The pledge of the future, literally, with bitcoin



It is well known that – depending on the use case – cryptocurrency is making some headway in mainstream commerce. On the retail side, we’ve seen announcements from companies like PayPal and Tesla that they have added – or will contribute – Bitcoin adoption to the mix.

PayPal, for example, said that cryptocurrency could be spent around the world with tens of millions of merchants.

See also: PayPal becomes the last major tech firm to jump on the cryptocurrency bandwagon

And starting this week, we are seeing signs that Bitcoin will be accepted, at least in some quarters, for payments related to some of the most expensive items, namely mortgages.

According to media reports including CoinDesk, United Wholesale Mortgage will aim to accept cryptocurrency for payments, aiming to implement this feature by the end of the year. During a conference call with analysts discussing Q2 results, management announced that the company will be the first mortgage lender in the country to accept cryptocurrency for mortgage payments.

Walk before running

Separately in an interview with the publication Detroit Free Press, GENERAL DIRECTOR Mat Ishbia gave a little more details on the roadmap that might be ahead. “I think we’re starting with bitcoin, but we’re looking at Ethereum and others,” Ishbia said. “We’re going to walk before we run … that’s the plan. Obviously, there are no guarantees – we are still working on some details. “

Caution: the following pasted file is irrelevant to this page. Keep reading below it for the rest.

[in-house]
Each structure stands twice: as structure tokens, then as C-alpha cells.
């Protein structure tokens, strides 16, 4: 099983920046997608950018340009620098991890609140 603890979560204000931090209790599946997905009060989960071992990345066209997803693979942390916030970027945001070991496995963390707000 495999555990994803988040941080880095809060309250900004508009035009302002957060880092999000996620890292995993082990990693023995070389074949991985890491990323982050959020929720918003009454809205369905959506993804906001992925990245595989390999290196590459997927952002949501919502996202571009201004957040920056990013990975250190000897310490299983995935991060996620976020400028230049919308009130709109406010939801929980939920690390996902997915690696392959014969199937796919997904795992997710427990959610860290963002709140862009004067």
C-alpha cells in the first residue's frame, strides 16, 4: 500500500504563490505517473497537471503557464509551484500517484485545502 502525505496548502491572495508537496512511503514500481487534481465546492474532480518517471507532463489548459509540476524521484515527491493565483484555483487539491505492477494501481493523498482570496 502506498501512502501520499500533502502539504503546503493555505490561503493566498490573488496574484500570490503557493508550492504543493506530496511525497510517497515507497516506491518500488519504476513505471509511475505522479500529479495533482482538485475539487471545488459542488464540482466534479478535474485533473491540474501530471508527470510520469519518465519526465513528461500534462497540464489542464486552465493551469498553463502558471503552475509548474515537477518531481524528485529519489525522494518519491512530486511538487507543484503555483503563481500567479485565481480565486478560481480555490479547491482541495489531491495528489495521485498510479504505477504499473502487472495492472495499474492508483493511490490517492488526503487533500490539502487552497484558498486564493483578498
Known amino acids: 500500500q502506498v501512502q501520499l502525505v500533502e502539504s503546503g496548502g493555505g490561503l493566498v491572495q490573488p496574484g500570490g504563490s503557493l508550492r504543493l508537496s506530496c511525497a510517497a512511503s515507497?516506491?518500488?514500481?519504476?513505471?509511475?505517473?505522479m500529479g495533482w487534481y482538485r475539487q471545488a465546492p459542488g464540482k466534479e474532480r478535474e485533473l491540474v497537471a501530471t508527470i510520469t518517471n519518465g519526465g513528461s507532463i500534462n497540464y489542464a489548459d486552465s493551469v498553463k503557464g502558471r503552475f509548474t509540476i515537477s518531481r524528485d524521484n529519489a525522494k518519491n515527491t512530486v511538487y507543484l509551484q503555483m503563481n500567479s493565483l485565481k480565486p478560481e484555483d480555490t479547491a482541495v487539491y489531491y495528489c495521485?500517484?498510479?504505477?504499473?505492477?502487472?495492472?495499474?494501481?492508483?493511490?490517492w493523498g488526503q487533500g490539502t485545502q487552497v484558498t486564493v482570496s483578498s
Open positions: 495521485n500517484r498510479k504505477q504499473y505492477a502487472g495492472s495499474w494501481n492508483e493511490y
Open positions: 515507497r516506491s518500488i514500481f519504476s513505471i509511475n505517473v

The plans were announced during the quarter when the company had $ 59.2 billion in mortgages.

The mechanics of paying mortgage payments in bitcoins have yet to be revealed. Will it be a process whereby bitcoin is converted to fiat, which is then used to make a payment? Is there an option to choose whether to execute a transaction / payment using traditional bank accounts for one month and then revert to a Bitcoin payment the next month? Will a mortgage lender keep Bitcoin on their balance sheet if the transaction is done directly in that cryptocurrency? All of these questions, of course, have to do with how stakeholders will take into account the inherent volatility of cryptocurrencies themselves – how they affect the cost of the transaction and the impact on the lender’s balance.

At least there is a precedent for using cryptocurrency in mortgage activities. As reported earlier this month, Partido Popular (PP), a political party in Spain, introduced a bill that would, among other things, allow consumers to pay their mortgages using cryptocurrency. In addition, investors will be able to use cryptocurrency when investing in mortgage pools.

The reports are coming in as consumers increasingly seek to use cryptocurrency in their day to day expenses. About 60 percent of consumers recently surveyed by PYMNTS want to shop using cryptocurrencies, and more than half of the respondents would like to use digital offers to make large purchases rather than just cash out their assets.

See also: Report: about 60% of consumers want to buy goods using cryptocurrency



O: Despite price volatility and regulatory uncertainty, a new PYMNTS study shows that 58 percent of multinational companies already use at least one form of cryptocurrency, especially when moving funds across borders. In a new roundup of Cryptocurrency, Blockchain and Global Business, in collaboration with PYMNTS and Circle, 500 executives look at the potential and pitfalls that cryptocurrency faces as it moves into the financial mainstream.


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